First let's start with what do we mean when we say we've secured a 3G design win? What we mean is that a brand name handset OEM, who's a significant customer of our baseband partner, has selected a 3G handset model that is shipping in high volume ‑ this is a newer model ‑ and they're designing the ParkerVision chip which is used with our baseband partner's chipset into this particular phone.
This design-in process is the same for any component that you see in the marketplace. This isn't unique to ParkerVision. This process is basically comprised of a few key steps: first, supporting the handset OEM in the design process. Secondly, verifying the component performance for the first production handsets. Third, the placement of an order, which in our case will come through the baseband company. And fourth and certainly not least, the production ramp - which in our case includes where we provide silicon to our manufacturing partner who does the packaging, the testing, coordinates the inventory and distribution, which, by the way, they do for literally hundreds of millions of components today that flow through their manufacturing facilities.
Some of you asked for a little more granularity on these steps. So let me take just a couple minutes and elaborate. The design-in process starts the beginning of a commitment, because it includes the allocation of very valuable resources on the part of the handset OEM.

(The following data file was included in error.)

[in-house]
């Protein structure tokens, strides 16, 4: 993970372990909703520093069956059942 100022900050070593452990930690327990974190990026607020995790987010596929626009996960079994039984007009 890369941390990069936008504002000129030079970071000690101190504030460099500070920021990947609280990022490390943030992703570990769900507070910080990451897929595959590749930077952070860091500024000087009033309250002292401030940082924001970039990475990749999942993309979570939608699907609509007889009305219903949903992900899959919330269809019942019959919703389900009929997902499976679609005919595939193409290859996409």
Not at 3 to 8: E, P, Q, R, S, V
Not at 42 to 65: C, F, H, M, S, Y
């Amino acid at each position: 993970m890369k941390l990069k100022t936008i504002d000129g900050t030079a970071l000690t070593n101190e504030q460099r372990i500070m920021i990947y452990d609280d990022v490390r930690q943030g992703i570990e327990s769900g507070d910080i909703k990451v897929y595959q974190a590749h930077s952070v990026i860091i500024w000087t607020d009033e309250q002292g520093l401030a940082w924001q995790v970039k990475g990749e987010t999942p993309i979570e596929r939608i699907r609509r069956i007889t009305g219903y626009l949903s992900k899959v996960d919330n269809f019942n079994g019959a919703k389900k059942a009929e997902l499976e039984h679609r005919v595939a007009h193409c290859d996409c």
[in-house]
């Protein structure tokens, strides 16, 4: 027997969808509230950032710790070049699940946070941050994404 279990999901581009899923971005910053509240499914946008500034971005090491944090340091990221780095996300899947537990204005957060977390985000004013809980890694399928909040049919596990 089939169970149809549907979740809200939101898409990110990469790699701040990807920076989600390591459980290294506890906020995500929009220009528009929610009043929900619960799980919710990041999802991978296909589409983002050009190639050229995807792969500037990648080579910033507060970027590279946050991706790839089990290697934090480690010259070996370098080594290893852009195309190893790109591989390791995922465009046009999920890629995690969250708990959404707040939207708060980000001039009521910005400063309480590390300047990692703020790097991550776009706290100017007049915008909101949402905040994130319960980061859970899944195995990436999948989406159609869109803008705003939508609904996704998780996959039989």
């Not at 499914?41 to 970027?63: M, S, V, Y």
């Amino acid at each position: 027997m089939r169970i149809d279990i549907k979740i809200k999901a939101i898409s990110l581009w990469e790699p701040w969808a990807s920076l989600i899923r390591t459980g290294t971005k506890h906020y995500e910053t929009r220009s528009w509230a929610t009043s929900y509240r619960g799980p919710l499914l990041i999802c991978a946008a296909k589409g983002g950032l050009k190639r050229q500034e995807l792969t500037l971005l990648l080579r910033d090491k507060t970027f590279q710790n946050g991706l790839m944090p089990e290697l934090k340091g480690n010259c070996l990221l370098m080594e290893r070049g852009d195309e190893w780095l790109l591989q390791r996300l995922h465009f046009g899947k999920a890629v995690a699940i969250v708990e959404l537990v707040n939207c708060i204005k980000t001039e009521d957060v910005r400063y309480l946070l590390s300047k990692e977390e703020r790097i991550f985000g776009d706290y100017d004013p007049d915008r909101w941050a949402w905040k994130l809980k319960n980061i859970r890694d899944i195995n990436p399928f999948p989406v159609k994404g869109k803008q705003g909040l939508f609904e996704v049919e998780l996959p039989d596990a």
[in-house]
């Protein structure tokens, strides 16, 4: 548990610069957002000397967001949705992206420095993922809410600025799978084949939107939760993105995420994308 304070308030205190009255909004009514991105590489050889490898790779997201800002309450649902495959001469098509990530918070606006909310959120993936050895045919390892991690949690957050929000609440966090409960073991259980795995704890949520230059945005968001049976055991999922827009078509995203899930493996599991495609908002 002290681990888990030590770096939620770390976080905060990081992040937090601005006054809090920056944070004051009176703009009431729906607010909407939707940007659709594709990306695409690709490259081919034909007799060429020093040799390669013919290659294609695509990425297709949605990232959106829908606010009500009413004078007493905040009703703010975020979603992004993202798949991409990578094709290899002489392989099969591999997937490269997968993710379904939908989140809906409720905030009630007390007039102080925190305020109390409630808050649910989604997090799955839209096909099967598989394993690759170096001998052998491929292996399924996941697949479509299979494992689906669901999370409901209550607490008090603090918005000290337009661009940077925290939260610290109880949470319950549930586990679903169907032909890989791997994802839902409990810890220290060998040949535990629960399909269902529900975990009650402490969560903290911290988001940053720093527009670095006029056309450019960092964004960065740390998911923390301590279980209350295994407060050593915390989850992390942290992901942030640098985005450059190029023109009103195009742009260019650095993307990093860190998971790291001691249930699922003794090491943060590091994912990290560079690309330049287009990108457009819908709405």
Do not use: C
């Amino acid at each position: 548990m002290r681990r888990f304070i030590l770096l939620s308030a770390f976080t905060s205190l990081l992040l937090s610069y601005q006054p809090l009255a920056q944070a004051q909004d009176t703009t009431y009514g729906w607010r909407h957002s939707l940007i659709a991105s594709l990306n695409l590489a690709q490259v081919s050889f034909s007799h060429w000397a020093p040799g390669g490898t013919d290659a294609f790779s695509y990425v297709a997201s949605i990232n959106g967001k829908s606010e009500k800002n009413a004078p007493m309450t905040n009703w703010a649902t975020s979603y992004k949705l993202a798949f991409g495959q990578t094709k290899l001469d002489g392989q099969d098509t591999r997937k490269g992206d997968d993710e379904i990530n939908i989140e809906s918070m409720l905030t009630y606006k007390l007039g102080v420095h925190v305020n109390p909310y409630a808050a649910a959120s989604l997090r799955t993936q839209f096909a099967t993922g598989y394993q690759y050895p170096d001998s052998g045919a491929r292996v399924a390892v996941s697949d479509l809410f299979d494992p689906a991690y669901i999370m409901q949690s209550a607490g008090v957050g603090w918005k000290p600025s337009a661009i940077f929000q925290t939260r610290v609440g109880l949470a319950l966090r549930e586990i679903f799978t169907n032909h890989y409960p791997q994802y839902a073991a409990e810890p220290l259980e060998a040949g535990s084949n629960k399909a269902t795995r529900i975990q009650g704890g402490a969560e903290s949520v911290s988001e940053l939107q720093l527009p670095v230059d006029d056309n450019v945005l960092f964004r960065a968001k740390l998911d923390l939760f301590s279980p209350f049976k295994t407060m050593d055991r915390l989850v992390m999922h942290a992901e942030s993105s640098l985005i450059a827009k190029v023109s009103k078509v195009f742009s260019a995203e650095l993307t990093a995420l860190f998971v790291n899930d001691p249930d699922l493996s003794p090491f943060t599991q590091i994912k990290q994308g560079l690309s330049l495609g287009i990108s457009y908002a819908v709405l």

They start with a program manager and a team, and that team has been engaged in working with our design team as well as our baseband partner, so that they can formalize a production design for the handset. Once that design is complete, then they will build enough units to verify that the specs are met over a reasonable statistical sample. Typically, that's several hundred units.
We're extremely confident that our production units are going to provide all the benefits that we've cited. And in fact, I believe this initial run will demonstrate additional benefits that are inherent in our product and that I think everyone will be excited about.
Today when they use a legacy RF design, the handset manufacturer has to deal with the stack‑up of the tolerances between a separate RF transmitter, separate filter, and a separate RF power amp. But with our product, all of those separate components are eliminated in favor of a single chip delivered ready for production.